To date, no independent research group, including government agencies or universities has performed a comprehensive scientific analysis and comparison of the microfilters and purifiers that are currently available. Because of this knowledge vacuum, the best that purchasers can do in choosing a device is to apply the knowledge of the risks and the EPA testing protocol to manufacturers’ literature and come to their own conclusions.
While we recommend our preferred treatment method in the next section, we won’t recommend a specific product, however, we can recommend a procedure for selecting a treatment device. While reading these recommendations, remember to keep in mind the EPA log reduction standards and the weaknesses in the EPA tests.
- Assess your needs in terms of the volume of water you will need to pump, size and weight of devices and the cost and availability of devices and replacement filters.
- After selecting devices that might meet your needs assess manufacturers’ promotional material and examine them carefully for claims and evidence. Be very skeptical and watch for extraordinary requirements such as slow pumping rates, wait times, the need to pass water through the device several times and other possible red flags that are often tucked away in fine print and footnotes. Ask for EPA registration numbers and results from EPA lab tests. If manufacturers will not send you lab results you should be suspicious.
- Determine the cost effectiveness of products by looking at the initial upfront cost and the cost of replacement filter elements. Be skeptical of manufacturer claims about filter life if the conditions under which the lifespan is determined are unknown or unrealistic. Remember that the more suspended silt and vegetation in the water, the faster a filter will plug. Consider whether the filter can be cleaned or back flushed if it clogs or whether you need to replace it. If you have to replace filter cartridges, find out how much they cost, consider whether you will be able to find them while travelling and consider the environmental cost of throw away filter cartridges versus cleanable filter elements.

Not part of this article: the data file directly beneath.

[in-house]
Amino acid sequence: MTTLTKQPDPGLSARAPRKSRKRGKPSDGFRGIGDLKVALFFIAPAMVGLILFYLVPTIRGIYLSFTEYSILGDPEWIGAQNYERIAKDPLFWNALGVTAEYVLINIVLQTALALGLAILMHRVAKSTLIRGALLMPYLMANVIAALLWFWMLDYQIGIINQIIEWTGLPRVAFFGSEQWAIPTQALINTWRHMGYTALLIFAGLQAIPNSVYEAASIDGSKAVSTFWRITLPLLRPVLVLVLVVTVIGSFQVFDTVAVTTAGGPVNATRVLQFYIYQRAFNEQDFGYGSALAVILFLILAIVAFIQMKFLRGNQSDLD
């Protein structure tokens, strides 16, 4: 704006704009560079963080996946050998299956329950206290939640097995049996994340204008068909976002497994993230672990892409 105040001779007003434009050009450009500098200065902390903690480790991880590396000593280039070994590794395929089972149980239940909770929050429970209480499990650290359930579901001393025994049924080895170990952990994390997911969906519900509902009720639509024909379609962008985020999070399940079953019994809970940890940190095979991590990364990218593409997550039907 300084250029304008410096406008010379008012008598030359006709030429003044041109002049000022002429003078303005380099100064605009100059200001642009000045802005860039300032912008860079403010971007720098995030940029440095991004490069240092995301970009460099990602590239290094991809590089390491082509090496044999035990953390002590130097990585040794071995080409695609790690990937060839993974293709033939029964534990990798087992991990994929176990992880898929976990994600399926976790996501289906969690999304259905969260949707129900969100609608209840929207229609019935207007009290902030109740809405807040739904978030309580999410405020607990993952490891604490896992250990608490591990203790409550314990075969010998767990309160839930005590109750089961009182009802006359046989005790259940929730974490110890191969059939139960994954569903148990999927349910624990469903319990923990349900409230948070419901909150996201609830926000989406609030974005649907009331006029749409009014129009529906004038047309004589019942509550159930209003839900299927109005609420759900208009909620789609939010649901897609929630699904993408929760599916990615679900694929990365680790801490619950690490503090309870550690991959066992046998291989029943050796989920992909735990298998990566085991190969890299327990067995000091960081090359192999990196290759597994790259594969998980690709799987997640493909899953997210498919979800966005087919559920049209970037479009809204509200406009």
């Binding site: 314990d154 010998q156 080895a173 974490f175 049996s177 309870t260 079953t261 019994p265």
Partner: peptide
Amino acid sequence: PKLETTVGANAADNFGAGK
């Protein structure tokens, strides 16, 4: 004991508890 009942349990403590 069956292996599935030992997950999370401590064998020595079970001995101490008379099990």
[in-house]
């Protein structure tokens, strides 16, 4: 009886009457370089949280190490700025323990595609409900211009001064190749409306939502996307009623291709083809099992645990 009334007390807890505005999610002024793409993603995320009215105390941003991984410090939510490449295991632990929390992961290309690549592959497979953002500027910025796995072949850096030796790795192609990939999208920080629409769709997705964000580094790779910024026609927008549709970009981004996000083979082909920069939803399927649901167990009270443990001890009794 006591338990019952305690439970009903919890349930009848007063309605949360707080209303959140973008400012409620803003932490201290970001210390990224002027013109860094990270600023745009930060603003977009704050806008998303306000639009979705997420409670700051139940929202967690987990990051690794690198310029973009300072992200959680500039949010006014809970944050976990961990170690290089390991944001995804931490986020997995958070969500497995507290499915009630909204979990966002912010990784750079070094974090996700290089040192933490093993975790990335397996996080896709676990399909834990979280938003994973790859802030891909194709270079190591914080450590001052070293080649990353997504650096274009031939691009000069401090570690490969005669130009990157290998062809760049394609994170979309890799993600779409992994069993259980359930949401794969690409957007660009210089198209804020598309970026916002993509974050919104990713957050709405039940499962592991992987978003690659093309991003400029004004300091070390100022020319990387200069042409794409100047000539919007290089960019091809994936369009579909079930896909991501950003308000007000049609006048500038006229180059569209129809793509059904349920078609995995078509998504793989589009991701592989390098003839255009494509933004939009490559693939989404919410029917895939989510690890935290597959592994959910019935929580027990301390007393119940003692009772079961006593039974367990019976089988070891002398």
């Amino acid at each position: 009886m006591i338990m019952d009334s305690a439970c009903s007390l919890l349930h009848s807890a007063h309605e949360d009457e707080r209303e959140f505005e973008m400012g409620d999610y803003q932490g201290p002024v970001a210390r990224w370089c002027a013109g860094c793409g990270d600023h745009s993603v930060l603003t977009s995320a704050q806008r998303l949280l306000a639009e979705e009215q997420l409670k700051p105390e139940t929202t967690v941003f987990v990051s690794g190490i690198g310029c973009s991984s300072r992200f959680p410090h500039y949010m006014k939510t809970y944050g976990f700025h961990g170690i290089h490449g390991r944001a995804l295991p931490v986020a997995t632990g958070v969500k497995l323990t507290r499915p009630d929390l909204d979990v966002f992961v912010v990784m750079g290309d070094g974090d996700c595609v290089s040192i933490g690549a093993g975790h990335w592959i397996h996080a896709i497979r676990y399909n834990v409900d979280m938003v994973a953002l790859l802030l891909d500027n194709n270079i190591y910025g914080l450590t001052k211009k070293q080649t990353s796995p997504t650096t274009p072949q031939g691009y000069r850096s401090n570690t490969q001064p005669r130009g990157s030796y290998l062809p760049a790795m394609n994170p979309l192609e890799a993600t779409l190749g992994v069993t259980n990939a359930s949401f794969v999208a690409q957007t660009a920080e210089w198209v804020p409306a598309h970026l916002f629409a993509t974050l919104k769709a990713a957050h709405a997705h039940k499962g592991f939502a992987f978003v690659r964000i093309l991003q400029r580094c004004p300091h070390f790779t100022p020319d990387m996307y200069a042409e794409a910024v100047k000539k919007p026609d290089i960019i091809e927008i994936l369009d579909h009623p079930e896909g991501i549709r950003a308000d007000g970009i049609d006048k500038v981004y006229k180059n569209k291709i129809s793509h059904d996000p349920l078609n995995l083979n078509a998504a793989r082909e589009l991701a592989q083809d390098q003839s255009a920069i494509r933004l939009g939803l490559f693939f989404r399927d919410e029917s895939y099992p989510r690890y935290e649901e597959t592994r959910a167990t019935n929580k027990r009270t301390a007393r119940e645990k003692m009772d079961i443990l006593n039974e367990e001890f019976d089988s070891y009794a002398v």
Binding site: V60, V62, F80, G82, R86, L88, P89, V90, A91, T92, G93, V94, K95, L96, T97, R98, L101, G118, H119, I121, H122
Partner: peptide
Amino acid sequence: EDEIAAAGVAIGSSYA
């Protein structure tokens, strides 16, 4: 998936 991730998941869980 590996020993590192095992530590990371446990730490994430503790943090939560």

- Once you have narrowed your search down to a few products that seem to fulfill your needs if possible examine the devices in a store. Look for signs of quality construction and compare warranties. Obvious weaknesses in design are guaranteed to cause headaches at the worst possible times. If parts look flimsy in the store, image how they will look broken in pieces 30 km down the trail. Consider usability and field maintainability.
- Research the manufacturer. Find out how long they have been in business and their reputation in the water treatment business. Ask for references to find out who uses their products and what the users think of the products. For example, a company that supplies the International Red Cross or United Nations workers certainly has more credibility than a company that cannot, or will not, give you a reference.